Japan’s unemployment rate climbed back to 4.7 percent in September, up 0.1 percentage point from August, for the first rise since June, when the rate rose to 4.7 percent from 4.6 percent, the Management and Coordination Agency said Tuesday.

The ranks of unemployed rose by 30,000, or 0.9 percent, from a year earlier to 3.2 million, logging the first upturn in five months, the agency said in a preliminary report.

The number of men out of work increased 70,000, or 3.8 percent, to 1.93 million, while the figure for women dropped by 50,000, or 3.8 percent, to 1.26 million.

The jobless rate worsened back to a seasonally adjusted 4.7 percent in September from 4.6 percent for August. The number stayed at 4.7 percent in June and July.

“The 0.1-point rise in the latest month shows that the employment condition remains severe,” an agency official said. “We need to keep on watching the job situation with care.”

Separately, the Labor Ministry said the ratio of job offers to job-seekers remained flat at a seasonally adjusted 0.62 in September.

The ratio, an indicator of demand for labor, means 62 jobs were being offered for every 100 job-seekers during the month. The ratio was 0.59 in June and 0.6 in July.

Job offers increased 0.3 percent from August, whereas the number of job-seekers sagged 0.6 percent, according to the ministry.

The Management and Coordination Agency said 64.8 million people were employed in September, down 340,000, or 0.5 percent, from a year before. There were 38.36 million male workers, down 200,000, and 26.44 million female workers, down 140,000.

Of the total labor force, 6.32 million people hoped to change jobs, up by 50,000, or 0.8 percent, of whom 2.51 million were actively seeking new work, the agency said.

The number of people laid off in September increased by 10,000 from a year earlier to 990,000 for the first upturn in seven months, while the number of people who voluntarily left their jobs slipped by 90,000 to 1.09 million for the third consecutive monthly drop.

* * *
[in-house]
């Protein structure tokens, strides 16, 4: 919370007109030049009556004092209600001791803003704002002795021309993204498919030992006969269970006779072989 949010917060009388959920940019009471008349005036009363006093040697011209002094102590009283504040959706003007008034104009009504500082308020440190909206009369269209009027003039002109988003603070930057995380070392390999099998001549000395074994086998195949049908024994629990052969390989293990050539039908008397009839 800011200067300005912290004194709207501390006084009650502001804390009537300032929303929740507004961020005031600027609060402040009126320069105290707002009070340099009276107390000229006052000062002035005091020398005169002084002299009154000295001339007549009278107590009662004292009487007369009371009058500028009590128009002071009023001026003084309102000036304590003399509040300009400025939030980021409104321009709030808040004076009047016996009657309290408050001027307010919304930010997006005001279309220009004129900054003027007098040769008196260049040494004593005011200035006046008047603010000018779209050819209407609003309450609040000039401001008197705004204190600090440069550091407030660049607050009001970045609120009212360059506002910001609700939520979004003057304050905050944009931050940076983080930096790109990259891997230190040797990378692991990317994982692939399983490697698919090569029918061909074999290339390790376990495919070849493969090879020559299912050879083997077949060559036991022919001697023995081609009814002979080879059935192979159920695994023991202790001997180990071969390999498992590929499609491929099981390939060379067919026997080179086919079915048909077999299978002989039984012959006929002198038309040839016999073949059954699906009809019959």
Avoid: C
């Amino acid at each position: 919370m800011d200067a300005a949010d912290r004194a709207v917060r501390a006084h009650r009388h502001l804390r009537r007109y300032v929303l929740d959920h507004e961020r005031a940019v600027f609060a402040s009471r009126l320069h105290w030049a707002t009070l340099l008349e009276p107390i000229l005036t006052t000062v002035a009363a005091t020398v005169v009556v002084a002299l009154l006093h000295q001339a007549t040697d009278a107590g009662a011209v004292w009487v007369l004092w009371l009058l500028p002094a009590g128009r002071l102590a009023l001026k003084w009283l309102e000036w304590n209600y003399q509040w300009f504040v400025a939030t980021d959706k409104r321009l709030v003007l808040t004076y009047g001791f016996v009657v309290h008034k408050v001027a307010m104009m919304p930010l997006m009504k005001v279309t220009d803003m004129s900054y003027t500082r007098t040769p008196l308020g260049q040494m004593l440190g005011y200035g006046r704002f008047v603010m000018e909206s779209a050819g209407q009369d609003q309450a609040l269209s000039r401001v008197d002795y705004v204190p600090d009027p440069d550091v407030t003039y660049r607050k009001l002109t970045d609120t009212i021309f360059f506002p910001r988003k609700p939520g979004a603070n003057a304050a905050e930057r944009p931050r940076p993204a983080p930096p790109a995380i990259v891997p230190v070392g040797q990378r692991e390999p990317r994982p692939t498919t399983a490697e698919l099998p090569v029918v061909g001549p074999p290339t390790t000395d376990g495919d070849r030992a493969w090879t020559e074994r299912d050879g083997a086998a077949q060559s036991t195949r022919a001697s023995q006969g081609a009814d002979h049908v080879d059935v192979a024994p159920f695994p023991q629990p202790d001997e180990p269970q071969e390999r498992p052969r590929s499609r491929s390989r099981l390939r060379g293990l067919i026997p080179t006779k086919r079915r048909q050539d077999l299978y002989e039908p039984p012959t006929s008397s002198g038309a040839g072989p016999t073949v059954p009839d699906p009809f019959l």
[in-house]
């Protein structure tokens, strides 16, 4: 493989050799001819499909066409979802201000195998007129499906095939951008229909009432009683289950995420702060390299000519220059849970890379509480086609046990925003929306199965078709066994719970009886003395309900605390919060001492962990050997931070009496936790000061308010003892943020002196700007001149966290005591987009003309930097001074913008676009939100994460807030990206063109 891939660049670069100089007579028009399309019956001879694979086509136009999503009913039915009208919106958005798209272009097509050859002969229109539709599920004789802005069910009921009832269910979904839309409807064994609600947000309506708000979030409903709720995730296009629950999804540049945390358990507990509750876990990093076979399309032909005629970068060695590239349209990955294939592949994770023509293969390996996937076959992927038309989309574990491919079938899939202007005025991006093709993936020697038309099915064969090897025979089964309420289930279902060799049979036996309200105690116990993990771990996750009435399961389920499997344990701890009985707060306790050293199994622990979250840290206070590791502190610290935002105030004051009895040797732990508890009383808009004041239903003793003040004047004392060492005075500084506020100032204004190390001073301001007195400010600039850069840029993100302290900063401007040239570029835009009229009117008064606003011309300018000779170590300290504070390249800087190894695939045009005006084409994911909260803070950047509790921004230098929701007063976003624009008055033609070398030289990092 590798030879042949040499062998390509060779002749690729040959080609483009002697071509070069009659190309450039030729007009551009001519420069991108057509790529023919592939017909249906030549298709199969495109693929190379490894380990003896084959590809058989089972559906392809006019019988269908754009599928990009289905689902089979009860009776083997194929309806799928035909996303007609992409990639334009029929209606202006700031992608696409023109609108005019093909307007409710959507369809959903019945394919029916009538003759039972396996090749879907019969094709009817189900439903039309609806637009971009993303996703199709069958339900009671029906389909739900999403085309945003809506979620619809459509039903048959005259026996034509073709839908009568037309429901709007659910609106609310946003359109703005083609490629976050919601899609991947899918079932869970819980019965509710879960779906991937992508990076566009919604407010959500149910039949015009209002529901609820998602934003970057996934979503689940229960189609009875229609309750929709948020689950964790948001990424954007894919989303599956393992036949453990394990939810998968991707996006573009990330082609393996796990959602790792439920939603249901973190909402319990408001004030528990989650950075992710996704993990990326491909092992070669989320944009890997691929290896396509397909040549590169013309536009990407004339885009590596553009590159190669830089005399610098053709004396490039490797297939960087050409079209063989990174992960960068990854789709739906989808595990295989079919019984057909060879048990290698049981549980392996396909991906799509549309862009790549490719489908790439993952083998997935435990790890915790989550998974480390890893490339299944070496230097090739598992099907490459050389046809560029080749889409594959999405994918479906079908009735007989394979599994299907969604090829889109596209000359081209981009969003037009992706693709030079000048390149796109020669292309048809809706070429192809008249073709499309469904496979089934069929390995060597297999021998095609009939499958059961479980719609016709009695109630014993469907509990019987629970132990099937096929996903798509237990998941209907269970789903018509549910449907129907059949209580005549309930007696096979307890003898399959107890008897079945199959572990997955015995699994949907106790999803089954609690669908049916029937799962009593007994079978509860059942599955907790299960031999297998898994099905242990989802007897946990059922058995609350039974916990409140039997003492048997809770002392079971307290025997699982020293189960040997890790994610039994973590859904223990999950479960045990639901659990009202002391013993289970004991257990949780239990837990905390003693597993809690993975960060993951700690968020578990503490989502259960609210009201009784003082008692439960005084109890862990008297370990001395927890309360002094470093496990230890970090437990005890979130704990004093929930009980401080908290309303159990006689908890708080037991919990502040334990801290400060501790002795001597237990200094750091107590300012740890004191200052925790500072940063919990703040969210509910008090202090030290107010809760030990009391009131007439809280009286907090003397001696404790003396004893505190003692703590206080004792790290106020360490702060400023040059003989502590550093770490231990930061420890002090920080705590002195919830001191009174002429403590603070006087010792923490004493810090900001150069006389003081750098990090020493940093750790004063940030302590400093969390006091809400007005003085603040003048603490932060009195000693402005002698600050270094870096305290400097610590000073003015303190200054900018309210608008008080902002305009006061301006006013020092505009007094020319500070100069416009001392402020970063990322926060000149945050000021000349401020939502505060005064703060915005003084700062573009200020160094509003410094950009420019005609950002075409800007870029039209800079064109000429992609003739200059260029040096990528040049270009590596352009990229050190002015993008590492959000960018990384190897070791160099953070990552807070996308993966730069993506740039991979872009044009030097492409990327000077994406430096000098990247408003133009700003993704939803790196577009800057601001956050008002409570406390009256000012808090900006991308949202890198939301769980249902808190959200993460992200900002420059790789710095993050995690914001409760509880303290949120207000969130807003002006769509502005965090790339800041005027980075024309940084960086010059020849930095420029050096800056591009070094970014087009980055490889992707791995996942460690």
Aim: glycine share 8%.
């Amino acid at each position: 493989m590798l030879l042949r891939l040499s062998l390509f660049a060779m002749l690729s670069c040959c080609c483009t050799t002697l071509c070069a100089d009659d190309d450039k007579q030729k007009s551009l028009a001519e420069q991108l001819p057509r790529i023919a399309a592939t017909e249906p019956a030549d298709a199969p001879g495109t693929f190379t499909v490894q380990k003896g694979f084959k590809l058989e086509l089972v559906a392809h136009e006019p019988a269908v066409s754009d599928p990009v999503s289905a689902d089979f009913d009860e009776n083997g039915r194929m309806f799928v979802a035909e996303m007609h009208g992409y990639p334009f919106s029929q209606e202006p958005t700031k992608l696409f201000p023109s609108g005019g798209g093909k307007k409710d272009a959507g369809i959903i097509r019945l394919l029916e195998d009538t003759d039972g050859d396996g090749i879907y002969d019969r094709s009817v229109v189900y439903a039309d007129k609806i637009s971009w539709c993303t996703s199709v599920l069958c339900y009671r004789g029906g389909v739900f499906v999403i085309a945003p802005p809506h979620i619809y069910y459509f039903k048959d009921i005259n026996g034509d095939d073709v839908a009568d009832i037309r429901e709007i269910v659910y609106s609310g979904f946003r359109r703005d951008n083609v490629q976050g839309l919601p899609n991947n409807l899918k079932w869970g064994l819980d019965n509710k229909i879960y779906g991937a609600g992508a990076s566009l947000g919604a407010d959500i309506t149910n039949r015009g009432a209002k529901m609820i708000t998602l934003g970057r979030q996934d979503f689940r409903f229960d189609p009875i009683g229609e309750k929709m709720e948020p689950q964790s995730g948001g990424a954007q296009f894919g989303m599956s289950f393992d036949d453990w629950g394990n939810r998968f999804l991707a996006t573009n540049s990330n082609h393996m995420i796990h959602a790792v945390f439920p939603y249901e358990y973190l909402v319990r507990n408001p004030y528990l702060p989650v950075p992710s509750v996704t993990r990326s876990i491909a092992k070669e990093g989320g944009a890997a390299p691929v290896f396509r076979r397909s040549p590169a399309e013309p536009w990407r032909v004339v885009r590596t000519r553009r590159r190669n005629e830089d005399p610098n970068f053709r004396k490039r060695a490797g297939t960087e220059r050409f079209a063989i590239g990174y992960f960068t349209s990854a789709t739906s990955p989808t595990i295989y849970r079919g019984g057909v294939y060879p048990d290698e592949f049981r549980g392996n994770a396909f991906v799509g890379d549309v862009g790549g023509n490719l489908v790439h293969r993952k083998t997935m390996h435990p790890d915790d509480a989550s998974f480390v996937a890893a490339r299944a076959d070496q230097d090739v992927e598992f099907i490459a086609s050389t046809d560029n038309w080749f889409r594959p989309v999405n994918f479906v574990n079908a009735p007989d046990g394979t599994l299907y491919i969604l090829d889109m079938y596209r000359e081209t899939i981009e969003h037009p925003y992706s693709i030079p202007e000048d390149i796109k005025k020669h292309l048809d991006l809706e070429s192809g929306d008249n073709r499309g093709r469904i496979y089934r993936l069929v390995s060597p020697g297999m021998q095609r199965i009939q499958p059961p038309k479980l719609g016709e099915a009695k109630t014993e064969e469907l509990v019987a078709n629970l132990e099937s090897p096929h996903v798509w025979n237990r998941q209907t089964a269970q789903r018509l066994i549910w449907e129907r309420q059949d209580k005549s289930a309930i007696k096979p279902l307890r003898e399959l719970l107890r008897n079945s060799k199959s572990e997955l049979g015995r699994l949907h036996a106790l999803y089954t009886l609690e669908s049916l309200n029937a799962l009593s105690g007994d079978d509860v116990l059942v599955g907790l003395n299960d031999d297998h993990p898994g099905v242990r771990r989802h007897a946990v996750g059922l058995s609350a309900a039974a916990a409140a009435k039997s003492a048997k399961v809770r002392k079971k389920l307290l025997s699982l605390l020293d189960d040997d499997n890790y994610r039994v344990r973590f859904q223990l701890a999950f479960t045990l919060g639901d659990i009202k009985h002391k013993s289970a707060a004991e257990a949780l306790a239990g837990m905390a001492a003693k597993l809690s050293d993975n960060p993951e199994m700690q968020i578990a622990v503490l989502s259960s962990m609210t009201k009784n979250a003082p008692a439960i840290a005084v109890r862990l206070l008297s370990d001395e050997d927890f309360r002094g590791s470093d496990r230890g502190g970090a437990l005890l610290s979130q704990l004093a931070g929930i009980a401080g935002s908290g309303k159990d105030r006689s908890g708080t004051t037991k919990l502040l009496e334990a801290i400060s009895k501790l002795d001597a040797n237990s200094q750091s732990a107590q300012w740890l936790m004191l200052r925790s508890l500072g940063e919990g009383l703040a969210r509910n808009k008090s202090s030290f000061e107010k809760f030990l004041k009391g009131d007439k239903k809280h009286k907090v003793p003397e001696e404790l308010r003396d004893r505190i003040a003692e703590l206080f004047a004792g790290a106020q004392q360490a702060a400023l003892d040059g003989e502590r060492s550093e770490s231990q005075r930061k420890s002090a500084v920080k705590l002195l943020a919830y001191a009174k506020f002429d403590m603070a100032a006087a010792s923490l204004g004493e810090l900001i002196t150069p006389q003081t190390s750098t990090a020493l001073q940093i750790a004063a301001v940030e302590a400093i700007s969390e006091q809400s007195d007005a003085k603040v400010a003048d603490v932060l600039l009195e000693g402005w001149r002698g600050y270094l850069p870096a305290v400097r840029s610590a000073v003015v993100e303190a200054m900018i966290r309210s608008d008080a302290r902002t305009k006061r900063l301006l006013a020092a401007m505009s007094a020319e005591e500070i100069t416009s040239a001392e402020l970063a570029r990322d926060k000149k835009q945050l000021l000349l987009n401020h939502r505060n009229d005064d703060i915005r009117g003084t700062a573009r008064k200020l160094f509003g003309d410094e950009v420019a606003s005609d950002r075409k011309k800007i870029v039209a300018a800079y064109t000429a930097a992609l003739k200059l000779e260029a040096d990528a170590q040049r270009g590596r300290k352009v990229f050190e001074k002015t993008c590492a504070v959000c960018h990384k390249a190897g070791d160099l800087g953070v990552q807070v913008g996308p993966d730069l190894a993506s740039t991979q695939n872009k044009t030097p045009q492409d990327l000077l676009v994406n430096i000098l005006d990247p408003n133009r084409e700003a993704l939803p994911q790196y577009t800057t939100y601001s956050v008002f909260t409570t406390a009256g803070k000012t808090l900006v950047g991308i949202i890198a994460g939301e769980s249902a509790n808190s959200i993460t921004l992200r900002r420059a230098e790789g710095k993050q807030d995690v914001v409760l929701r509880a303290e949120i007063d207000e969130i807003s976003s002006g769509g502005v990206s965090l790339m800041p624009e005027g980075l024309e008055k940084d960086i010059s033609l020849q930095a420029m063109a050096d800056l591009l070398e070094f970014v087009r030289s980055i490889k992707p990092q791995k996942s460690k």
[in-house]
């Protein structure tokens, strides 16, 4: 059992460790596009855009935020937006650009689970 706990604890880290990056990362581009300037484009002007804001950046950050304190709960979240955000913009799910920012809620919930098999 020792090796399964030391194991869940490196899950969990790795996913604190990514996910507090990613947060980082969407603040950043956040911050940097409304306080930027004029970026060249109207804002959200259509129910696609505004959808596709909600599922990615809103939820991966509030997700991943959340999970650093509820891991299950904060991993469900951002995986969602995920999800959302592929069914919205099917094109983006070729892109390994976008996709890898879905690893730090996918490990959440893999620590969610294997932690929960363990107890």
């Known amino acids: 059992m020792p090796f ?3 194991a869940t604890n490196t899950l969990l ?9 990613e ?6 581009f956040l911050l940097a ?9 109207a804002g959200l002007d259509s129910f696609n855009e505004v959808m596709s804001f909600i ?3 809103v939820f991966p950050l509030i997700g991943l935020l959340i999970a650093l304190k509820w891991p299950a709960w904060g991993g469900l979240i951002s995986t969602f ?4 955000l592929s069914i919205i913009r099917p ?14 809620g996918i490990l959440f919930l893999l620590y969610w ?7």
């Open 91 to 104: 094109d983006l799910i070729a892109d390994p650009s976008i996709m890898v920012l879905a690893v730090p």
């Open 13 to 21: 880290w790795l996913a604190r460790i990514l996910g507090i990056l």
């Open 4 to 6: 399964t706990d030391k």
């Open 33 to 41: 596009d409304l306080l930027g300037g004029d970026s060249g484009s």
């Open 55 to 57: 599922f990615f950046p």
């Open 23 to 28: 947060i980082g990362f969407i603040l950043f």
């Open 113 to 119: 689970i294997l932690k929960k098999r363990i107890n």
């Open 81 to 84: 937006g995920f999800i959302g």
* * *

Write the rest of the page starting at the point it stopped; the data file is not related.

For men, the unemployment rate was highest between the ages of 15 and 24, at 10.5 percent, down 0.2 point from a year before, and between the ages of 55 and 64, at 6.3 percent, up 0.1 point.

The 15-24 age group includes those looking for work after graduating from school, while the 55-64 group includes those seeking work after retirement.

For women, the jobless rate was highest between the ages of 15 and 24, at 8.4 percent, down 0.2 point, and between the ages of 25 and 34, at 6.8 percent, 0.6 point lower.

By industrial sector, there was 14.6 million workers in wholesaling, retailing and restaurants, down by 450,000, or 3 percent, and 13.26 million in manufacturing, off 120,000, or 0.9 percent.

The number of workers leaped in the service sector by 360,000, or 2.1 percent, to 17.17 million and in the transport and telecommunications sectors by 60,000, or 1.5 percent, to 4.11 million.

Summer bonuses up

Last summer’s average bonus grew for the first time in three years, amounting to 442,921 yen, up 0.5 percent from a year before, the Labor Ministry said Tuesday quoting a survey of offices and plants with five or more workers.

Combined earnings for regular working hours and overtime in September rose 1.1 percent to 284,298 yen on average, the ministry said in its monthly report.

Overtime in Japan’s manufacturing sector in the reporting month — a key gauge of the economy — averaged 14 hours, up 9.3 percent.

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